Singapuras are still labeled as a “minority” breed. Sadly, there are relatively few breeders and exhibitors working with the breed. Unfortunately, the judges do not see Singapuras consistently. Those who have had the opportunity to frequently judge Singapuras, enjoy them and recognize when they see quality cats.
As of the end of the 2004 show season, 215 Singapuras had achieved the title of Grand. There have been 147 Grand Champion titles and 68 Grand Premiership titles awarded. There are 15 Distinguished Merit Singapuras: three males and 12 females. That is a great achievement for a relatively young breed that is also considered a minority breed.
The first Singapura to acquire a national win was GC, GP, NW Nuance’s Original Design By Rimba. She was CFA’s 15th Best Cat in 1991. In 1993, GC, GP, NW Changi’s Sahaja of Angiras was CFA’s 11th Best Cat in Premiership, followed by GC, GP, BW, NW USAF’s Sennada’s Scamp of Angiras as CFA’s 14th Best Cat in Premiership in 1995. In 1996, GC, GP, NW Nuance Rimba’s Peaches of Squire was the 5th Best Cat in Premiership and in 1999, GC, GP, NW Sayang Princess Diana joined this esteemed group when she became CFA’s 22nd Best Cat. There have been numerous regional wins by Singapuras across the United States and throughout the world.
In an effort to determine if a breed-wide problem exists and to gather additional information about the Singapura, a survey was mailed to Singapura breeders, regardless of their affiliation. Forty-nine (49) surveys were sent to all known Singapura breeders around the world. The data was summarized and the information presented at the 2002 Singapura Breed Council meeting in Houston, Texas.
The general conclusion, as evidenced by the responses, was that there were no significant health issues. It was discussed that as breeders, we need to be aware of the inbreeding co-efficiencies of the offspring that result from planned breedings. If necessary, to keep inbreeding co-efficiencies lower, we may need to explore the introduction of cats from TICA or European lines, that are not so closely related to the American CFA lines. As an ongoing effort, several breeders have brought Singapuras into the U.S. from Europe, that are eight to ten generations removed from U.S. cats. Although the imported cats still are descendents of the original foundation cats, it does provide us with some diversity. Although not all the breeders in other countries have Singapuras that conform to the CFA standard, many have show quality Singapuras that will help not only with our inbreeding co-efficiencies, but also with the conformation of our cats.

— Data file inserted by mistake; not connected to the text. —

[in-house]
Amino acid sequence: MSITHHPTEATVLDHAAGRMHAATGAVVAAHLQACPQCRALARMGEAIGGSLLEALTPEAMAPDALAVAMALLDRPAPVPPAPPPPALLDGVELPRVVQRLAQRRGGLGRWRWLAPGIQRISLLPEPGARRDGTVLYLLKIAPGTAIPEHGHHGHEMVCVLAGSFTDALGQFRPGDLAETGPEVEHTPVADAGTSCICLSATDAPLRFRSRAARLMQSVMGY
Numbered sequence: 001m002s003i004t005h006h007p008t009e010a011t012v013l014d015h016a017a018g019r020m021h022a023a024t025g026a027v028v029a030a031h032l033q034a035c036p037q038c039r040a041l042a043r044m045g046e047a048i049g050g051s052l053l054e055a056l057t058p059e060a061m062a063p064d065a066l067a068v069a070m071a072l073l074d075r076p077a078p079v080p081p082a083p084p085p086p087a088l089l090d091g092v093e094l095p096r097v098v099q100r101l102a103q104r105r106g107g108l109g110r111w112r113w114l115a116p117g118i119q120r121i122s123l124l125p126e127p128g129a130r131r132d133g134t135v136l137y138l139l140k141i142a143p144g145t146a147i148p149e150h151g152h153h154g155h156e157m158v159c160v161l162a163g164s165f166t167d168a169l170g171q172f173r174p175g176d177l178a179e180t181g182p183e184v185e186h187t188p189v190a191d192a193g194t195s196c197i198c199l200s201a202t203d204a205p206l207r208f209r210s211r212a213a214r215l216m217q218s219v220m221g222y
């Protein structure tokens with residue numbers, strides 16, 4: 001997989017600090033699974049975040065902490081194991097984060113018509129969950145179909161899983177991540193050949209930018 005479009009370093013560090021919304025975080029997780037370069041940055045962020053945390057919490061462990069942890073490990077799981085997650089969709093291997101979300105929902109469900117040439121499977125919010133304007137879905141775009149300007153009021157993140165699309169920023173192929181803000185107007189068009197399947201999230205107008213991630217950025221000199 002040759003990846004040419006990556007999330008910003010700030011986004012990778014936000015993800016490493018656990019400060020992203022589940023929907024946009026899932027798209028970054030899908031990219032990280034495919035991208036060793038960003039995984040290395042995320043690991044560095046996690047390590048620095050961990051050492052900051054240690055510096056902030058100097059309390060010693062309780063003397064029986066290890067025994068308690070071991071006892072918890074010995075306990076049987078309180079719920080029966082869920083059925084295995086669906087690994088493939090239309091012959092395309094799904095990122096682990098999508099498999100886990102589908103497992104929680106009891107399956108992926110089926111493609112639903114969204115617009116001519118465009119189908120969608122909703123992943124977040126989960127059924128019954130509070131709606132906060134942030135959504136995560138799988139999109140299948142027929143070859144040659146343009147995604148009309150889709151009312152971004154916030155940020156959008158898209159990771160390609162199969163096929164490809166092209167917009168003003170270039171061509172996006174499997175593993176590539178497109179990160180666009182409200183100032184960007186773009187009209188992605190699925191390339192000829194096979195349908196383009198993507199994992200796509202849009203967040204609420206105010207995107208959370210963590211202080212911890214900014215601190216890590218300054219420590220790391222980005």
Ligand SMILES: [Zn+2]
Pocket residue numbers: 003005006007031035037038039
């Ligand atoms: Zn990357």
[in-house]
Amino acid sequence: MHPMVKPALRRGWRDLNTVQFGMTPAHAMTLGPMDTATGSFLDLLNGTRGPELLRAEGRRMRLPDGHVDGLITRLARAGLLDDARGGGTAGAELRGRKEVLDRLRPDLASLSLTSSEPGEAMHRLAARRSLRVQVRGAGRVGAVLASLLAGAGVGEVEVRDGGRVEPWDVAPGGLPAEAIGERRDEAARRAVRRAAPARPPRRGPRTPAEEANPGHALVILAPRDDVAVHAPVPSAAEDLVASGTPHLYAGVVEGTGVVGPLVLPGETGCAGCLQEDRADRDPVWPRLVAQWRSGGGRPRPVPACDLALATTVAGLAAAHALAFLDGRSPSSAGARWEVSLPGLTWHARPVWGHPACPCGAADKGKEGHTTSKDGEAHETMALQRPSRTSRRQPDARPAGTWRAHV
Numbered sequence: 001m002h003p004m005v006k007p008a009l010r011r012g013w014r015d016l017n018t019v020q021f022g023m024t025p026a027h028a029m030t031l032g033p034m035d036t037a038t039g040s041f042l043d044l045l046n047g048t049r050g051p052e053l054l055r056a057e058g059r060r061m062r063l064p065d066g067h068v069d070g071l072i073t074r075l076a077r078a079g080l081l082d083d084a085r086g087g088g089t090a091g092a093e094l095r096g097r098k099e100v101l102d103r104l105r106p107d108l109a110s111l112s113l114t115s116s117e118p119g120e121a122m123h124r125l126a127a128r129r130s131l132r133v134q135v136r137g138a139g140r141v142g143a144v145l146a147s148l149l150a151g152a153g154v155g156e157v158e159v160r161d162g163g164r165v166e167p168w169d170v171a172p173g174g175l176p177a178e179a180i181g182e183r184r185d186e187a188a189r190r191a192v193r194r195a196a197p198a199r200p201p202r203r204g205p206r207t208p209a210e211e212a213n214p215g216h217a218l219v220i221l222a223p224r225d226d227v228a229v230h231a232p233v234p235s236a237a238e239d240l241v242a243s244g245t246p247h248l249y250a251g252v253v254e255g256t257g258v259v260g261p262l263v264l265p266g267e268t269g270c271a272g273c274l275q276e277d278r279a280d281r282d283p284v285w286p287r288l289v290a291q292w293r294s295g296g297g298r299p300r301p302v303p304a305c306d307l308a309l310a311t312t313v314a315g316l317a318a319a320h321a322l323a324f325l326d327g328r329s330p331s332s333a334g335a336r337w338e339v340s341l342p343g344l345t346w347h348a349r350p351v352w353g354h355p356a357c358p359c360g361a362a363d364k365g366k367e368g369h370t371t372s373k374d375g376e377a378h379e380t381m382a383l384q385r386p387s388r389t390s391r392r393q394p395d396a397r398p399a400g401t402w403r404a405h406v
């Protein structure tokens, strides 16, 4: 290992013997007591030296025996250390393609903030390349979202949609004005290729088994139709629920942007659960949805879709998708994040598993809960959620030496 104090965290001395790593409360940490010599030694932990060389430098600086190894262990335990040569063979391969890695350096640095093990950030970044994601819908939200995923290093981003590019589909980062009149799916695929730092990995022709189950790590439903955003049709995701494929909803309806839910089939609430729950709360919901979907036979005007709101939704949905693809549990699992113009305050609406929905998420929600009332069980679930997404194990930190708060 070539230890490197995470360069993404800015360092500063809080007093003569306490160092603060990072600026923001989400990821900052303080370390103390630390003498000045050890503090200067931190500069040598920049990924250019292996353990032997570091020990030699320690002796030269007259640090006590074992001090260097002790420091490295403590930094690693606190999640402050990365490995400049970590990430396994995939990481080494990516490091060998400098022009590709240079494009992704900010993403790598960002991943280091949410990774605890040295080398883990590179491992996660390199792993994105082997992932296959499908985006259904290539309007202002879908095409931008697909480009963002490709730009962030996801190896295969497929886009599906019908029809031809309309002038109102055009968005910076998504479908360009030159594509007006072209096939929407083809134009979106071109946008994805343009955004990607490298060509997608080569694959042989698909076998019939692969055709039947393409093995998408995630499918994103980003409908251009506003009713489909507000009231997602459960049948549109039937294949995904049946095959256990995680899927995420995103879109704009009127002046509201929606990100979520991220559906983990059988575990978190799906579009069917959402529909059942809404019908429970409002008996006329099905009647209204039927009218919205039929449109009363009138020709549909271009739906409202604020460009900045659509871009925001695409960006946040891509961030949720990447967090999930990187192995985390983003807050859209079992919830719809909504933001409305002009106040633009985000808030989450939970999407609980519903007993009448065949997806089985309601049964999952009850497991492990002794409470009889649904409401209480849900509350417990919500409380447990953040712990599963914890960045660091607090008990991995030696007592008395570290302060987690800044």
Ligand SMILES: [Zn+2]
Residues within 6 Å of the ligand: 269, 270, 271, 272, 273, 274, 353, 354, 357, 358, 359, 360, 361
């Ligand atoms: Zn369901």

There has been some discussion about looking into the possibility of requesting permission from CFA allow an outcross for the Singapura. For now, more Singapura breeders are against this action than for it.
The preference is to use the Singapuras that we currently have around the world. Singapura breeders are very mindful of the potential issues involved and are continually working to keep our breed healthy.
The breed has achieved a great deal since its arrival in the U.S. in 1975. The Singapura that started out as the Singapore “drain cat,” with Hal and Tommy Meadow as their protectors and promoters, now belongs to the entire world. It is our hope that more breeders become interested in our Kucinta (Singapore’s Love Cat) and help us preserve their future in the cat fancy and as a beloved pet.
On April 9, 2004, Tommy Meadow died from cancer. Tommy was a much-loved and controversial member of the cat fancy for over 50 years. She spoke her mind and worked tirelessly for this breed. I feel very fortunate to have known her as a friend and mentor. We will always remember “The General.”
I first met Tommy via a telephone call on Christmas Eve in 1988, when she called to inform me that she had located a pet quality Singapura for me. “Ian,” our first Singapura, was large and dark colored with little “Batman” ears and a coiled tail – the furthest thing from a show cat. His personality and intelligence soon warmed our hearts and minds; we were hooked. We lost Ian on May 15, 2004 at the age of sixteen.
Special thanks to Hal Meadow and the Singapura Cat Club for providing material for this article.